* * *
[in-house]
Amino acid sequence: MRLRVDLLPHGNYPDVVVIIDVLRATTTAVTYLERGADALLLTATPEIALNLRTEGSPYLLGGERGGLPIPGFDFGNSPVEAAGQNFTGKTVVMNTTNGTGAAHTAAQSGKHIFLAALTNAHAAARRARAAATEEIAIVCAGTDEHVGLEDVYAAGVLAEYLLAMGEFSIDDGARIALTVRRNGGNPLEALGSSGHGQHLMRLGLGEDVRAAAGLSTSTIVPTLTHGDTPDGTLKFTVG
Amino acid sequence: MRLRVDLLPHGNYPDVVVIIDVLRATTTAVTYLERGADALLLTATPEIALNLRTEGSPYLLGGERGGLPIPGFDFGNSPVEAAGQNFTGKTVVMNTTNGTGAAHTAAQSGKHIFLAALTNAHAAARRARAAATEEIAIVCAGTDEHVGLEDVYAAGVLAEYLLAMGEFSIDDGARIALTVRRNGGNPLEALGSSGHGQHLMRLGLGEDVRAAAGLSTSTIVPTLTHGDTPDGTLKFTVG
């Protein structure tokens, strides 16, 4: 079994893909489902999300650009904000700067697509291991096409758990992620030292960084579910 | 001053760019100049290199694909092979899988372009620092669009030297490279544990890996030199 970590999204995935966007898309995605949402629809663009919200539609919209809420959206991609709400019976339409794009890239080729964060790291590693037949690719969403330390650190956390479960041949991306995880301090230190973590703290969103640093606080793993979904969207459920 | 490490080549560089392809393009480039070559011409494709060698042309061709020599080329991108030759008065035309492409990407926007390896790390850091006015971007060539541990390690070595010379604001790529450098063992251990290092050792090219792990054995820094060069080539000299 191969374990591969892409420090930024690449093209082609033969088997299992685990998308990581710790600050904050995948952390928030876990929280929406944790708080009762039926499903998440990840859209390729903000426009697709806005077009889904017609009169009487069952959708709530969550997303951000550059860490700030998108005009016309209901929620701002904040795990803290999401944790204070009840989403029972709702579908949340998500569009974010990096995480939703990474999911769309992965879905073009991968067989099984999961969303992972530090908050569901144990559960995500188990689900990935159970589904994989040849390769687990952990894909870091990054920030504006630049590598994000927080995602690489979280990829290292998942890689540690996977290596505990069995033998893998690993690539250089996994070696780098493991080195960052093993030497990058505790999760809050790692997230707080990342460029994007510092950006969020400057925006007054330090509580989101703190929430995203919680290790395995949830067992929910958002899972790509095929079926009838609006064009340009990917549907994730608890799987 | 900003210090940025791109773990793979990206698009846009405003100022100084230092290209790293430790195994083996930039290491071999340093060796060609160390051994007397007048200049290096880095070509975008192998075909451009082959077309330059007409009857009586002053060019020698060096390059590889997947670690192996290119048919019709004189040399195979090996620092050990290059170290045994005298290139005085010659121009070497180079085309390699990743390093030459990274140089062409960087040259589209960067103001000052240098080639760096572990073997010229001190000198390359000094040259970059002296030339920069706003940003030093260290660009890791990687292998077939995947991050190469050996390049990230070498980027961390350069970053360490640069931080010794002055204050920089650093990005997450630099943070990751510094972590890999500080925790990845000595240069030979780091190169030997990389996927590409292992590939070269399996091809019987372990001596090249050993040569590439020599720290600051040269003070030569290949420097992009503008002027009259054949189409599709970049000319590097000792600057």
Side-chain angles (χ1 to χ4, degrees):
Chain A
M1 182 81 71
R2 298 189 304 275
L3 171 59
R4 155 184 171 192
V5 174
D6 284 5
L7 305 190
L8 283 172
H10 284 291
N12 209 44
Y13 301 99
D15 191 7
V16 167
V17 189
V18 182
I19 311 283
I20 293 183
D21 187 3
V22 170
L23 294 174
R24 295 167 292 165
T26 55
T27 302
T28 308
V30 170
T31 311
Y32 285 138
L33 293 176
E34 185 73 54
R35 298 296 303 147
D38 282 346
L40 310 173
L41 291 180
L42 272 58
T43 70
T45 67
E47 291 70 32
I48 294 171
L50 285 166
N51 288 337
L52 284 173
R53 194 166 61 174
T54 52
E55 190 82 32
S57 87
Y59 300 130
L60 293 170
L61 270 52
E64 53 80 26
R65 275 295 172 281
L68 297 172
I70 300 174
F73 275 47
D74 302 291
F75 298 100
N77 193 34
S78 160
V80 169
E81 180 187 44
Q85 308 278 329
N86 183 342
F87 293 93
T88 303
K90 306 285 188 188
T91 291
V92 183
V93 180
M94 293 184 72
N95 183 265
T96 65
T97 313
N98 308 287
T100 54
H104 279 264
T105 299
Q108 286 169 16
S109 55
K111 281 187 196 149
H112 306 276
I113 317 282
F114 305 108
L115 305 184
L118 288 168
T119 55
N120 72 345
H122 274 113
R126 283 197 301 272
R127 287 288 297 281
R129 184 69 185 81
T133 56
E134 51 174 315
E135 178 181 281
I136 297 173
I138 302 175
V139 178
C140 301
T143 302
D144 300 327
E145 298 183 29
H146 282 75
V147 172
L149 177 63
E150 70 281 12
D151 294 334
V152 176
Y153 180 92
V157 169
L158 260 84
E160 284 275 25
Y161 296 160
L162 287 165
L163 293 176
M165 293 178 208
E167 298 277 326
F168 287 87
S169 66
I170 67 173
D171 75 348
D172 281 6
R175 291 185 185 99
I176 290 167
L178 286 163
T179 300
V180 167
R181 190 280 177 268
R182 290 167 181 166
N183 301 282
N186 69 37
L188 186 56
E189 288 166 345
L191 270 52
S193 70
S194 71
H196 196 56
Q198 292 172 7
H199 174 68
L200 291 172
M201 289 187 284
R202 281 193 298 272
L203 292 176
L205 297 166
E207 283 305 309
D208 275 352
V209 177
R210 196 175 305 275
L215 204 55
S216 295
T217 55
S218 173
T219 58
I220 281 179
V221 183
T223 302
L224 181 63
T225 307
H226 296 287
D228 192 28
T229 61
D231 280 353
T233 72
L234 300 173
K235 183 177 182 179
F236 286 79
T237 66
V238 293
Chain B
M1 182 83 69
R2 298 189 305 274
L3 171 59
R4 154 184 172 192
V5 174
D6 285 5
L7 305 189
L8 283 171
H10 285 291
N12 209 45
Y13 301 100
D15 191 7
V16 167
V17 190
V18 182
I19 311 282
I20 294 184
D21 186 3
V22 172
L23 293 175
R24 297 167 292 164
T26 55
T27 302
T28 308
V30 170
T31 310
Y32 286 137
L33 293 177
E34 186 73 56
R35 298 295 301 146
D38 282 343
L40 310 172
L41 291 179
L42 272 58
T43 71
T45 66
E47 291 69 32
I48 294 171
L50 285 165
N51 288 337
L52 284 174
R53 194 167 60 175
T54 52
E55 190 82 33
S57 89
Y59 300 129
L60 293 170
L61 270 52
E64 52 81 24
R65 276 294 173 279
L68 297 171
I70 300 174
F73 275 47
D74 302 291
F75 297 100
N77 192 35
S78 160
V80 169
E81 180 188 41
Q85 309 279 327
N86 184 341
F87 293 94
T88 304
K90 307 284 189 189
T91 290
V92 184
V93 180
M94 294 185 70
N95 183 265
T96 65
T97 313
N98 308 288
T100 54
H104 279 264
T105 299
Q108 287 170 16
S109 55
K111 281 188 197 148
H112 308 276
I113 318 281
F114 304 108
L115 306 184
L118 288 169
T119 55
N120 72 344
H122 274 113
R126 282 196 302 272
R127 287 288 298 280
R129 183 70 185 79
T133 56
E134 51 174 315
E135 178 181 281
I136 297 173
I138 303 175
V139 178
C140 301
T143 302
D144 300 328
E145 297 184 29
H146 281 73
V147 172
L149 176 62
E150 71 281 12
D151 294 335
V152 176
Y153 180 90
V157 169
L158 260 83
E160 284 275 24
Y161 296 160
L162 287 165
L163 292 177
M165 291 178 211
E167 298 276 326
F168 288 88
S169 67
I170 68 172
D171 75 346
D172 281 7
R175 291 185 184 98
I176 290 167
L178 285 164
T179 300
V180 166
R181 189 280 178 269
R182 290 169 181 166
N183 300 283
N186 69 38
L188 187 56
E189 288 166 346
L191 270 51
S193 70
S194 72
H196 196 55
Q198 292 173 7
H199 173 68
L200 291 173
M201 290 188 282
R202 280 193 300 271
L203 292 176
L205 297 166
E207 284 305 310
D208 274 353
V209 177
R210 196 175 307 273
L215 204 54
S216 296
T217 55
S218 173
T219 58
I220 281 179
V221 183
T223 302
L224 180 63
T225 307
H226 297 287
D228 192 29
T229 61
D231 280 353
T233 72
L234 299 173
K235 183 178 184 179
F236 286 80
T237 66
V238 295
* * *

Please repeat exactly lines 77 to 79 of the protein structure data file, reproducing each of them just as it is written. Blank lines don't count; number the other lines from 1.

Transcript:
T97 313
N98 308 287
T100 54